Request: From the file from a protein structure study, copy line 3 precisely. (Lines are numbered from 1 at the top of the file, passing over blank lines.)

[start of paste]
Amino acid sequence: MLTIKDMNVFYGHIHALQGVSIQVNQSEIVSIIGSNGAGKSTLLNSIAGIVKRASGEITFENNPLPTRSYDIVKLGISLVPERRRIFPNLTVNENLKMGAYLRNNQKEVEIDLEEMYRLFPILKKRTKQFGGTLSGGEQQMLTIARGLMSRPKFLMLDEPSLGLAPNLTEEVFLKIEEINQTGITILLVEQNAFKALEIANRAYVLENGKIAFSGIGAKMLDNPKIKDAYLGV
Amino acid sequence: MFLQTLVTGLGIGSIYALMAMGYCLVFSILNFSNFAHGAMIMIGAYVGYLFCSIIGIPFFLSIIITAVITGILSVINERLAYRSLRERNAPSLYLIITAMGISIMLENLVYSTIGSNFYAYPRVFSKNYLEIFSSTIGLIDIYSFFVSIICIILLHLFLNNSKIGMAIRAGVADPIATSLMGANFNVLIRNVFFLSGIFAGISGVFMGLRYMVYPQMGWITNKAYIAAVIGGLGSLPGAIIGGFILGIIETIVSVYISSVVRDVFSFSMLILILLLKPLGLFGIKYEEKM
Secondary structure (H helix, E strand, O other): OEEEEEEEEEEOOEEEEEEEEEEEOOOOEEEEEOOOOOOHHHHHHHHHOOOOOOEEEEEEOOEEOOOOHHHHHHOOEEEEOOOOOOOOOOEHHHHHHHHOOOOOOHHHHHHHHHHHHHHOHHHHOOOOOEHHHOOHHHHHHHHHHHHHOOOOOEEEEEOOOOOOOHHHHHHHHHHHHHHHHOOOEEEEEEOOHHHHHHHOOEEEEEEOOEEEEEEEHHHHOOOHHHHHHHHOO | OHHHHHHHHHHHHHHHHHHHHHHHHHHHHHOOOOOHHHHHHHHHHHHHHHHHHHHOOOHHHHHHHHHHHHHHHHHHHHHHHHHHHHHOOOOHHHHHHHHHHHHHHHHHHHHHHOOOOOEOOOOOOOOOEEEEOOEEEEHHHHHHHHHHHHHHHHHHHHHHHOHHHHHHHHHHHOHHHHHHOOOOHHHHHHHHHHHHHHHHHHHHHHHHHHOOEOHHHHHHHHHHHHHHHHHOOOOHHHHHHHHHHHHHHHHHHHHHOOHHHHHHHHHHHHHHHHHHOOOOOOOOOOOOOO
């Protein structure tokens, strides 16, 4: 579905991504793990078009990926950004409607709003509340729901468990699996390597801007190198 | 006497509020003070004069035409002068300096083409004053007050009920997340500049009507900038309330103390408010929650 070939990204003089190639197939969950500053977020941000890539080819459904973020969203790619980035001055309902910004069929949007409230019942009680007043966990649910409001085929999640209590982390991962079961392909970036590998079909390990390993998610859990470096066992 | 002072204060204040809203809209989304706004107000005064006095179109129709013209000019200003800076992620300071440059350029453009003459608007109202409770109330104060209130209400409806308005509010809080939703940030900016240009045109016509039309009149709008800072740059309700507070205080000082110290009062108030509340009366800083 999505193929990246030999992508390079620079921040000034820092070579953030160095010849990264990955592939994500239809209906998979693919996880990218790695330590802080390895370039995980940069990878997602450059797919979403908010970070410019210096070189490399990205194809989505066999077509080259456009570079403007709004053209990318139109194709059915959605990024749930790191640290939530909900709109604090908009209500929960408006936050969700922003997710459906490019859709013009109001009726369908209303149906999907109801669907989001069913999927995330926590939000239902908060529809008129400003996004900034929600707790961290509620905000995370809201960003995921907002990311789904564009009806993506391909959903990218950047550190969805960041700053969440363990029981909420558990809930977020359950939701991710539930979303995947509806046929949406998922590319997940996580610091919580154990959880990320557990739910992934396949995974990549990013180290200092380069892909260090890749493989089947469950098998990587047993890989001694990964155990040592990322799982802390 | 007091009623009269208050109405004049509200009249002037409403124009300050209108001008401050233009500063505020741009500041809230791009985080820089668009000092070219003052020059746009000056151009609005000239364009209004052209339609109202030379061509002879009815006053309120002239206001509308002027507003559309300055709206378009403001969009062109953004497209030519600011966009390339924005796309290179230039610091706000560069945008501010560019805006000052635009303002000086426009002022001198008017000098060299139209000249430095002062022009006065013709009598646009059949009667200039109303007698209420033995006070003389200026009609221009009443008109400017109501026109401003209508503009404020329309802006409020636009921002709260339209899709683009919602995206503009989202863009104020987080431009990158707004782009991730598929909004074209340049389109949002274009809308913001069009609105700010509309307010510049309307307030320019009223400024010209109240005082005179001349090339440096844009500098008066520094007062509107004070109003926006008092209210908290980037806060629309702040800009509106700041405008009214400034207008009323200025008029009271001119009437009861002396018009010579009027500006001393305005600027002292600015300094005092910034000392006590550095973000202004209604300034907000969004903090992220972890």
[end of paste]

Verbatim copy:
Secondary structure (H helix, E strand, O other): OEEEEEEEEEEOOEEEEEEEEEEEOOOOEEEEEOOOOOOHHHHHHHHHOOOOOOEEEEEEOOEEOOOOHHHHHHOOEEEEOOOOOOOOOOEHHHHHHHHOOOOOOHHHHHHHHHHHHHHOHHHHOOOOOEHHHOOHHHHHHHHHHHHHOOOOOEEEEEOOOOOOOHHHHHHHHHHHHHHHHOOOEEEEEEOOHHHHHHHOOEEEEEEOOEEEEEEEHHHHOOOHHHHHHHHOO | OHHHHHHHHHHHHHHHHHHHHHHHHHHHHHOOOOOHHHHHHHHHHHHHHHHHHHHOOOHHHHHHHHHHHHHHHHHHHHHHHHHHHHHOOOOHHHHHHHHHHHHHHHHHHHHHHOOOOOEOOOOOOOOOEEEEOOEEEEHHHHHHHHHHHHHHHHHHHHHHHOHHHHHHHHHHHOHHHHHHOOOOHHHHHHHHHHHHHHHHHHHHHHHHHHOOEOHHHHHHHHHHHHHHHHHOOOOHHHHHHHHHHHHHHHHHHHHHOOHHHHHHHHHHHHHHHHHHOOOOOOOOOOOOOO